Run at a pace which you can maintain a comfortable conversation at when getting back into running. Your legs will start to feel heavy and that’s a good sign that they’ve had enough for that particular run. With any luck you’ll have a small amount of muscle soreness which you can stretch out over a couple of days, then get back out for another run.

This is far more effective than obliterating your legs by running too fast, not stretching or massaging then doing the same thing, only faster a week later when your legs have finally recovered from the previous workout.

Summary

If you avoid running for fear it’ll aggravate a niggling joint then don’t give up hope. Start rolling and stretching your calfs, front and outer thigh to address pains in the shins, knees or achilles tendon. Progressively rebuild your running distances at conservative speeds and you’ll find that the pains have simply stopped.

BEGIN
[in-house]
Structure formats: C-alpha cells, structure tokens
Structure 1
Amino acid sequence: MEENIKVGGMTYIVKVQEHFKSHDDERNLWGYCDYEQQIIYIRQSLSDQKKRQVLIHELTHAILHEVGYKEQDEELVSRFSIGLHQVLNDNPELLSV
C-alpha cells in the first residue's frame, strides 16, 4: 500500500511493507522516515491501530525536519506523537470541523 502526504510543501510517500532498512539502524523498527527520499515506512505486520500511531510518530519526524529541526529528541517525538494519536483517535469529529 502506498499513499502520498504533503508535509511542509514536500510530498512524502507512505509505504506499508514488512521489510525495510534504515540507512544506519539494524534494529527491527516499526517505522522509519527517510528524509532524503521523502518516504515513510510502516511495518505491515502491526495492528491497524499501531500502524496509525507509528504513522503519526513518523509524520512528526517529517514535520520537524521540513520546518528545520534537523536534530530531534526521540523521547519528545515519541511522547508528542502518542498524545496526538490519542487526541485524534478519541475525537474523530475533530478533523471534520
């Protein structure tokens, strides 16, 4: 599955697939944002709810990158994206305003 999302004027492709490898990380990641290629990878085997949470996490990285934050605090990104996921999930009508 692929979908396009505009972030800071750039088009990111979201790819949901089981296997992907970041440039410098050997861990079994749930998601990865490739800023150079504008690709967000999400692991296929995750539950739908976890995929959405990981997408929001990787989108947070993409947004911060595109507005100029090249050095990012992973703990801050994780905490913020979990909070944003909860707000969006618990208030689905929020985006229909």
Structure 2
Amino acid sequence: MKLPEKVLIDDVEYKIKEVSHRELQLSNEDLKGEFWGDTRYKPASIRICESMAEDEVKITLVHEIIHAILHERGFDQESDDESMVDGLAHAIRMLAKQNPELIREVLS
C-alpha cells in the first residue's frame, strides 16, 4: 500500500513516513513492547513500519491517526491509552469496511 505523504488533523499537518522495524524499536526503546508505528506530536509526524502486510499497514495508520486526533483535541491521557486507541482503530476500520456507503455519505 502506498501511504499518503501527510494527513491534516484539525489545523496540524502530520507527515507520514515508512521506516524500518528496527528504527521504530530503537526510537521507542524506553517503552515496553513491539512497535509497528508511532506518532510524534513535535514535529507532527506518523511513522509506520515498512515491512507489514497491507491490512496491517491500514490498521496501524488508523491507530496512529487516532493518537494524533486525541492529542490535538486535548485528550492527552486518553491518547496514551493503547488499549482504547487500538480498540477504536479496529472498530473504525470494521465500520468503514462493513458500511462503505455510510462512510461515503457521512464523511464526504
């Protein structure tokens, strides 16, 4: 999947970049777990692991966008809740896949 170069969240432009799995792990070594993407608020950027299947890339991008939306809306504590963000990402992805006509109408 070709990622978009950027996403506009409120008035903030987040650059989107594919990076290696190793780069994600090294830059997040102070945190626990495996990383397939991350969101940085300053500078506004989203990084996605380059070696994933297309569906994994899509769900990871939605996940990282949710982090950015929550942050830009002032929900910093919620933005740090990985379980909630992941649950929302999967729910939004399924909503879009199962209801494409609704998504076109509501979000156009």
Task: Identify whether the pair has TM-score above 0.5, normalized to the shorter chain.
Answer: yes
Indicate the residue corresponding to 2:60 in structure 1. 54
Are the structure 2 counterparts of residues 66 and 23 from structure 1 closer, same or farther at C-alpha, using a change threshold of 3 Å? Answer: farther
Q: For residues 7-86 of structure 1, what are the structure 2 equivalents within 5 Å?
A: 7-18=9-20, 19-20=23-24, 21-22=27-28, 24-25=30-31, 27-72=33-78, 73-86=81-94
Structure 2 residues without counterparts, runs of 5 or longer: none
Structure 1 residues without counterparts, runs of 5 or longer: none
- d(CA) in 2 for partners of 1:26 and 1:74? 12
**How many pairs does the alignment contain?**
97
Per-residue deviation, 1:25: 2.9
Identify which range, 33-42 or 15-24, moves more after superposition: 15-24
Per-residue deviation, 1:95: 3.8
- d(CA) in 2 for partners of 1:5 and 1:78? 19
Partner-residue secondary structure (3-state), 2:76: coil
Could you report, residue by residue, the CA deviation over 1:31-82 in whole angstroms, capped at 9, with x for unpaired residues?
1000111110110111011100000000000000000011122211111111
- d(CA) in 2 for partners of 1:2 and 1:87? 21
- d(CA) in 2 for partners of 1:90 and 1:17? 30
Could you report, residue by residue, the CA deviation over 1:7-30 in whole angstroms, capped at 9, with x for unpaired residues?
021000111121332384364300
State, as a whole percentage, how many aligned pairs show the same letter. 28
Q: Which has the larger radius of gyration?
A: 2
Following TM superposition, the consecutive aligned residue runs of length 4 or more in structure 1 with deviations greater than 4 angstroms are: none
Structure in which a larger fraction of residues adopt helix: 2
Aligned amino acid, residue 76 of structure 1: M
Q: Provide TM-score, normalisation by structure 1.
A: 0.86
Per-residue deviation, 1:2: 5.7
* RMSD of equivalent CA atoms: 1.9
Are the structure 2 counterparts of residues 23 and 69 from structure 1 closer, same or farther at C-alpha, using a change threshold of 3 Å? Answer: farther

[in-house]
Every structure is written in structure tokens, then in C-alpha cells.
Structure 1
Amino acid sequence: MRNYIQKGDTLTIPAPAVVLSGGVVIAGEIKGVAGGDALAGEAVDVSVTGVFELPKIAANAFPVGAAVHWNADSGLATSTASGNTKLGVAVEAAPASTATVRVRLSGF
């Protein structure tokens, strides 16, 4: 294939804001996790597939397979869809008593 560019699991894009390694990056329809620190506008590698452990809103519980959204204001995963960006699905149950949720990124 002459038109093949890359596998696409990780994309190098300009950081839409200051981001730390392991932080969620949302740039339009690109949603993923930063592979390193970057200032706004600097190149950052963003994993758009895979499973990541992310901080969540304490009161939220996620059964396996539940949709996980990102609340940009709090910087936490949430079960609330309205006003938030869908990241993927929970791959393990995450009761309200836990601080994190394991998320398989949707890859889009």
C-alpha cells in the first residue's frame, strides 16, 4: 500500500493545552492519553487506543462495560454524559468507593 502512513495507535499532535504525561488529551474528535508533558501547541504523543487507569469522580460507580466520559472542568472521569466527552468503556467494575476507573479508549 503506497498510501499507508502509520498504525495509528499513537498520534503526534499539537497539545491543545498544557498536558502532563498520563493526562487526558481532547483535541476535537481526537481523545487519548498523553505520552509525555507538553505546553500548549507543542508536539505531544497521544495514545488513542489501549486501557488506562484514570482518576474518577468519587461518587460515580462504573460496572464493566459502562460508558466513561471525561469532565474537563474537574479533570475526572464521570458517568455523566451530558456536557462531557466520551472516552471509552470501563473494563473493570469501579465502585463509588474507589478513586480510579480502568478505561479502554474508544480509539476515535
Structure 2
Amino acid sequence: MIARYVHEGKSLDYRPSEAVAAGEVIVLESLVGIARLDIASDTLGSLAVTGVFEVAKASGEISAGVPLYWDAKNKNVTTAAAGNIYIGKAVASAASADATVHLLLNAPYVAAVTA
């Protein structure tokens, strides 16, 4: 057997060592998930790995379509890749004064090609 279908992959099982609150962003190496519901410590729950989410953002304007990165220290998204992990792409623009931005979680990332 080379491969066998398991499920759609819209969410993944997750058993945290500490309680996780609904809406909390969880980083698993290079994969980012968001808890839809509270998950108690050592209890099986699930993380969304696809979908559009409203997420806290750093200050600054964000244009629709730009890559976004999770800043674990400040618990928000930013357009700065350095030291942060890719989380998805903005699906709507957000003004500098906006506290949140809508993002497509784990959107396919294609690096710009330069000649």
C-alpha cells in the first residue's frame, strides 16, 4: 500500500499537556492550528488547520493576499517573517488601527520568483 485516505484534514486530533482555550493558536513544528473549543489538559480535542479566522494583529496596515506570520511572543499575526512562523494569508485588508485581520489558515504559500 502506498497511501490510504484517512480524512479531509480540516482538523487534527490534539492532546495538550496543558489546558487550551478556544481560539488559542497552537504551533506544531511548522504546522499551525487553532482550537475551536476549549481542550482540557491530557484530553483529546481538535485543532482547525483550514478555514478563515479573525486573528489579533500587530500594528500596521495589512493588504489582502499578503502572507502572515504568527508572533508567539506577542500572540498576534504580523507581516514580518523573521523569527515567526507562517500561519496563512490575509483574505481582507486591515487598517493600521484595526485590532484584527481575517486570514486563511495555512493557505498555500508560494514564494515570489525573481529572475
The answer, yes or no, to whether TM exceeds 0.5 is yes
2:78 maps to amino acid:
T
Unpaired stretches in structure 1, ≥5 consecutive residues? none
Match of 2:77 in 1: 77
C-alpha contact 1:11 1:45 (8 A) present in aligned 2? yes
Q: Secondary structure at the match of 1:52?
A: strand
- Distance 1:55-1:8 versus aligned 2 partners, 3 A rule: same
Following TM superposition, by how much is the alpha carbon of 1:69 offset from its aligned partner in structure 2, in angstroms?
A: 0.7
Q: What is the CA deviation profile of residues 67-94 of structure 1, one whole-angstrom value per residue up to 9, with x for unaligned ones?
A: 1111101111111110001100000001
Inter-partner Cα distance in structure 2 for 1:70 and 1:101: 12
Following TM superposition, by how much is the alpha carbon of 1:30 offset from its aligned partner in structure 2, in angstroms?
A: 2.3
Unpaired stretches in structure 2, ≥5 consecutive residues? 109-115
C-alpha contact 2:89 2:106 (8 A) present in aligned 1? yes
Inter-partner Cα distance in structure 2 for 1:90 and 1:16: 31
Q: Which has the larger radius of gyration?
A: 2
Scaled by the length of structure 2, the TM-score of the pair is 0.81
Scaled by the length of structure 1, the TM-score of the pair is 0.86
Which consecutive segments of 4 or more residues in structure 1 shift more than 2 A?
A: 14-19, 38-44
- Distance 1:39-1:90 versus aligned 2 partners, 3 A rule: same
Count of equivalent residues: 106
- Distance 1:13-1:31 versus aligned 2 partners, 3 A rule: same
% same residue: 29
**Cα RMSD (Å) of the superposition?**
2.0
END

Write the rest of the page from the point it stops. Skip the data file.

This article has provided some ideas for how you can stop running from causing you pain but figuring out exactly what your personal causes of pain are is obviously not possible without assessing your situation.

 

About the Author

Conor is the Head Coach and Founder of Cheltenham Running Club. His experience as a Strength & Conditioning Coach, Triathlete and Personal Trainer ensure members are educated on best practice in regards to training progression while also nurtured through the early stages of fitness development.